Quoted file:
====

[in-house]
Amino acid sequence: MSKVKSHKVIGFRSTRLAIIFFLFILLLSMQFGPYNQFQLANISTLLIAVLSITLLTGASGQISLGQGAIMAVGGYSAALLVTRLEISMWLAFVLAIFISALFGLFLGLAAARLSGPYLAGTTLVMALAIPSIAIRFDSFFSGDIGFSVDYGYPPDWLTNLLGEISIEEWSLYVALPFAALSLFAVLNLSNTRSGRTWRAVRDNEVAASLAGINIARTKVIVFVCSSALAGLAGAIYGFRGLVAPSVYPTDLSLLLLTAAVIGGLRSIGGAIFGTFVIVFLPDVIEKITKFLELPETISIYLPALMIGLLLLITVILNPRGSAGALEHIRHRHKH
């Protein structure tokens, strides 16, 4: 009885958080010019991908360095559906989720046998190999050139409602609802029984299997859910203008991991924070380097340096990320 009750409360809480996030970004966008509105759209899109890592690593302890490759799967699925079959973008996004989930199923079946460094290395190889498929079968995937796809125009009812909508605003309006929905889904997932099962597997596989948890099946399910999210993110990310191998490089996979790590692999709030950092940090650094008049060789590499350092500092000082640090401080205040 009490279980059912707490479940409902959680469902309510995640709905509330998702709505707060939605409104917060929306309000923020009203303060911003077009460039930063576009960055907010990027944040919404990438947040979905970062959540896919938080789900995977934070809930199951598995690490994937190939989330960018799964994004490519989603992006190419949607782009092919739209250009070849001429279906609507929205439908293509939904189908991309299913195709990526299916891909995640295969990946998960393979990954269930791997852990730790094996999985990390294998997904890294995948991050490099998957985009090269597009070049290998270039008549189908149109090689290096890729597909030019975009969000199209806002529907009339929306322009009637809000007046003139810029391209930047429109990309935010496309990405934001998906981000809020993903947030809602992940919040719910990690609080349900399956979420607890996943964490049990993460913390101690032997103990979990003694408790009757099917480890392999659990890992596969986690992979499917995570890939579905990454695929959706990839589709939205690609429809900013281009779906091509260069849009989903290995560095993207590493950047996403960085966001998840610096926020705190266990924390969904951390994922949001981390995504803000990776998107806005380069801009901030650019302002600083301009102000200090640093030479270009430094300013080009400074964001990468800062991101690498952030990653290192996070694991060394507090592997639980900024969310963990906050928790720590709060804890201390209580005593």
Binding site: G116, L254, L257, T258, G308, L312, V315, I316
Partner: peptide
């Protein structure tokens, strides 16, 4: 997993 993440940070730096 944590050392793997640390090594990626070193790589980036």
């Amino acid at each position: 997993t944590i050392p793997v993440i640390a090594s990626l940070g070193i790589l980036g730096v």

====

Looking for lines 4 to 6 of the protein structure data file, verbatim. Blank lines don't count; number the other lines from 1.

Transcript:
Binding site: G116, L254, L257, T258, G308, L312, V315, I316
Partner: peptide
């Protein structure tokens, strides 16, 4: 997993 993440940070730096 944590050392793997640390090594990626070193790589980036």